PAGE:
Designing a PID Controller


Thread Starter

Leon Chetty


I'm a third year Electrical Engineering student from the University of Durban-Westville
Department of Electrical Engineering. I require
assistance to design and construct an Analogue Electronic PID Controller with adjustable parameters and optional switch with hysteresis. The actuator is to be a relay. I would appreciate any information that you may possess to assist me in the design and implementation of such a controller. The PID controller is a
temperature controller.

Thank you in advance


Pravin Fatnani

PID control would not be possible with relay as the actuator element. It would be only ON/OFF type control. To implement PID control, the heating element should be continuously (analog output) controlled which would not be possible using a relay as the actuator Hope , I have got your point correctly. In the simplest case, you could design a PID controller using few OPAMPs. Use variable resistors to control the coefficients and hysteresis.

CAT/ Indore/ India

Anthony Kerstens

PID loop control is possible with a relay in the form of time proportioning control. That is, the PID loop controls the on and off timing of the relay. The PID loop output could simply go to a 555 timing circuit.

To do this with a heating element, I would recommend using a solid state relay instead of a mechanical contact relay because of contact pitting and other damage due to the inductive load being switched frequently.

Also, instead of opamps, which could get a little messy for the separate P, I parts of the loop (I wouldn't bother with D for heating control) , I would use one of the cheap programmable experiment boards. Yes, it's more expensive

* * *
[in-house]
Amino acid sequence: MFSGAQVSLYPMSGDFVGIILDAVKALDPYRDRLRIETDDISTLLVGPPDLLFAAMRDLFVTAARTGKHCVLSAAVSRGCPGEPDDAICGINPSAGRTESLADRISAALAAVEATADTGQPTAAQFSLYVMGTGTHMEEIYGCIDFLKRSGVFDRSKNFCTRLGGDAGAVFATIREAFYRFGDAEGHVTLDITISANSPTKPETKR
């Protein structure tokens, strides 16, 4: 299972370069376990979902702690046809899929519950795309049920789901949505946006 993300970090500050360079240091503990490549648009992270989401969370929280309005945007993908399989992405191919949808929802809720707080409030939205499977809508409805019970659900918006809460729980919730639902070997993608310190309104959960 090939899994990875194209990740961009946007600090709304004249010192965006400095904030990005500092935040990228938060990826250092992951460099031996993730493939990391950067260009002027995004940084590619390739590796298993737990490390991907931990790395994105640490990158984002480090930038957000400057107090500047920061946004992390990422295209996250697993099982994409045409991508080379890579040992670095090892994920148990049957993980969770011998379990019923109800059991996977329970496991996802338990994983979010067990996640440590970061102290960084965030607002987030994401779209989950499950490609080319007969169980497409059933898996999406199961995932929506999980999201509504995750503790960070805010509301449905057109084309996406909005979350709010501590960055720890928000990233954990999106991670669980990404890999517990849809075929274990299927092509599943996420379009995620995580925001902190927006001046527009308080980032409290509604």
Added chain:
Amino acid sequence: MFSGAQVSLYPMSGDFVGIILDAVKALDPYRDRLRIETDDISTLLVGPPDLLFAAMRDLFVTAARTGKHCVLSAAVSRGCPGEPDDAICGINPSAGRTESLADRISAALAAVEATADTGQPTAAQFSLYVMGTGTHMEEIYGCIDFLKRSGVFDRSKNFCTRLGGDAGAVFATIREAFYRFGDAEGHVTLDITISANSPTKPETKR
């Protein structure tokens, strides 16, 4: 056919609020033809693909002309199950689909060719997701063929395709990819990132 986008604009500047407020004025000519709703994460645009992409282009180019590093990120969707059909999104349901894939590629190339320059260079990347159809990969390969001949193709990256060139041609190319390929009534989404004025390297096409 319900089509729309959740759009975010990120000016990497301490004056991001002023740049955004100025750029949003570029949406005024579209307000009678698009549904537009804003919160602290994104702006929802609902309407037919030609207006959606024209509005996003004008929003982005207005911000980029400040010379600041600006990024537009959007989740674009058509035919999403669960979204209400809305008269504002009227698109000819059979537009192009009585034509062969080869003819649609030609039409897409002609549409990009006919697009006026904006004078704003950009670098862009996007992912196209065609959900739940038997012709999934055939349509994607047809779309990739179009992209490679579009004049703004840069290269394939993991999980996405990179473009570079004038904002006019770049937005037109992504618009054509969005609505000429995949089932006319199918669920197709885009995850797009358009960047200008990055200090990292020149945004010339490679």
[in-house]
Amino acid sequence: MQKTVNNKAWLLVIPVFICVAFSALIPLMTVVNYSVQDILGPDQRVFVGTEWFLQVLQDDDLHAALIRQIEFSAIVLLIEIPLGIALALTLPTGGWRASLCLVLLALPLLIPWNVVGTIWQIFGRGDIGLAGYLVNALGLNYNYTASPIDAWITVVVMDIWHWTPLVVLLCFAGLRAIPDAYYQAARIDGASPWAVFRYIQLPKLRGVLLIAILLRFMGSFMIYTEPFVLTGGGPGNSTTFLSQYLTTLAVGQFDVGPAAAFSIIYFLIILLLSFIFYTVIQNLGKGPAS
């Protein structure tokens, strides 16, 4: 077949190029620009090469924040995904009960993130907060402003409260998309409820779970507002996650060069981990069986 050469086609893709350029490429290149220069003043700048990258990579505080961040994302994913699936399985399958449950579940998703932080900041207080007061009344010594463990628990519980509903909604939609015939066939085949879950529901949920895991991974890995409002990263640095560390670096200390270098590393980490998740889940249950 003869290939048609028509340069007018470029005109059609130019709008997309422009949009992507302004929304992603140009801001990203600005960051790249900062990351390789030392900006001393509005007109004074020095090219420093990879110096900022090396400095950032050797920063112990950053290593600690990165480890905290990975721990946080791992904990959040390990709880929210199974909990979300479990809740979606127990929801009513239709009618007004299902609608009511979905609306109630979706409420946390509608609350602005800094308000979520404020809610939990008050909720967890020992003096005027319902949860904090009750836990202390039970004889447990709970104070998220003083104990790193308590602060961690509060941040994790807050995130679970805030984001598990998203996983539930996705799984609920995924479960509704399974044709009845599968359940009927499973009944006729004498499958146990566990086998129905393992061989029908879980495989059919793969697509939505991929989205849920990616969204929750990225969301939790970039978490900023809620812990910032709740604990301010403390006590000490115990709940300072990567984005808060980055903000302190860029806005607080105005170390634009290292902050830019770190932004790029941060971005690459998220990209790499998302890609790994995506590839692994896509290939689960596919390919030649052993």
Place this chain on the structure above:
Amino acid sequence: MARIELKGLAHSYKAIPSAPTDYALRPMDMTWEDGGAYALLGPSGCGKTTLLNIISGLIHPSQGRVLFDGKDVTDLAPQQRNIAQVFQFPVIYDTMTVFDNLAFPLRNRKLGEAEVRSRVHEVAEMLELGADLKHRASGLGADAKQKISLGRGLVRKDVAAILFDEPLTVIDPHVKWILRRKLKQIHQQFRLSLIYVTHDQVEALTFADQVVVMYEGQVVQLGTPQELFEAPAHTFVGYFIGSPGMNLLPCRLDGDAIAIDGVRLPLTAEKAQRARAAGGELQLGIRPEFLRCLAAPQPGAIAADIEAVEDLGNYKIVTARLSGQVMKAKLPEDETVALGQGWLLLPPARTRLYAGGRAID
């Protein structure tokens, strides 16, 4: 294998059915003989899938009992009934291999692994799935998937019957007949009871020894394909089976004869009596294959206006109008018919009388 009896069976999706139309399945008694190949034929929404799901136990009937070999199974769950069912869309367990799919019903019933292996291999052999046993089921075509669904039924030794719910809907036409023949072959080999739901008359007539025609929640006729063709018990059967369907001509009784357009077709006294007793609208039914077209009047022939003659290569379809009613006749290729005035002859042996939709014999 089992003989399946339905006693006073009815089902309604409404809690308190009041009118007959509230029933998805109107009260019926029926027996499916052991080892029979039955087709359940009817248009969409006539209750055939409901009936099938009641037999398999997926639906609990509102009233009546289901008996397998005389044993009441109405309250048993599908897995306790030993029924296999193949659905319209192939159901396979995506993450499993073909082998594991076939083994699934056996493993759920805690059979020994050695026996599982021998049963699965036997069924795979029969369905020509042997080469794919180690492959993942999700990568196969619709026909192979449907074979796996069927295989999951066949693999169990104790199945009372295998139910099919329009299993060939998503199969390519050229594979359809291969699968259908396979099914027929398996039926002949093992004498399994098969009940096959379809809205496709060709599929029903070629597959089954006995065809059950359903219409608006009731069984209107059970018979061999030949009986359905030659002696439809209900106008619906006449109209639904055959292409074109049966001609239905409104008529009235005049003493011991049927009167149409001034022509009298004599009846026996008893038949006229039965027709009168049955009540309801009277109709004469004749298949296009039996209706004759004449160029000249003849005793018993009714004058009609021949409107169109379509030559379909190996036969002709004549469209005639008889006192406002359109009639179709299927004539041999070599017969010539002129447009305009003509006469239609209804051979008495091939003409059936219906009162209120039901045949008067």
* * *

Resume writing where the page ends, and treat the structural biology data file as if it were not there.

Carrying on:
than opamps, but what's the cost of time and pain playing with opamps compaired to something on the order of US$100.

Better yet, I recall seeing a special integrated temperature control chip in a catalogue I no longer have. You should be able to pick-up a catalogue from an electronics mail-order
house and find something like that (if you're interested in that sort of short-cut :).

Anthony Kerstens P.Eng.


I would have to disagree on this. It is possible to do PID control with a relay output. Honeywell UDC3000, among *many* others, have this option.
The relay basically operates your heater element in a psuedo-PWM mode. The output comes on as the temp begins to drift down, as the temp is rising
again, the controller shuts the output off so that your temp ramp "coasts" up to your preset. As the controller learns the responsiveness of your loop, the hunting decreases until the loop is able to maintain a fairly tight control on the temp. (Less than 1 degree F drift at 325 deg. F)

I used several of these (both Honeywell and other brands) to control steam and electric heaters, gas fired sterilization chambers, etc. Worked very well...

I would suggest the original author look at some of the stand alone loop controllers (Honeywell or Love controllers, for example) to get ideas as to
operation. Google searching would probably be helpful.

--Joe Jansen

Johan Bengtsson

If you want any such shortcut yo could perhaps use a microchip PIC circuit. They have models that can handle analog inputs and PWM (pulse widht modultation) output directly.

But perhaps such solutions would be out of scope for the task you got.

Well however, you will of course need a pot for the setpoint. Take the setpoint - actual value
Multiply that by the gain (another pot) Take that value + the integrated value + the derivated value
(two more pots for integration time and derivation time) The sum will then need to be feed to the PWM-circuit giving you pulses for the relay. (another pot? for adjusting the period)

To make it good you should put in low pass filters (first order is probably enough) for the actual value and preferably also for the derivative part.

/Johan Bengtsson

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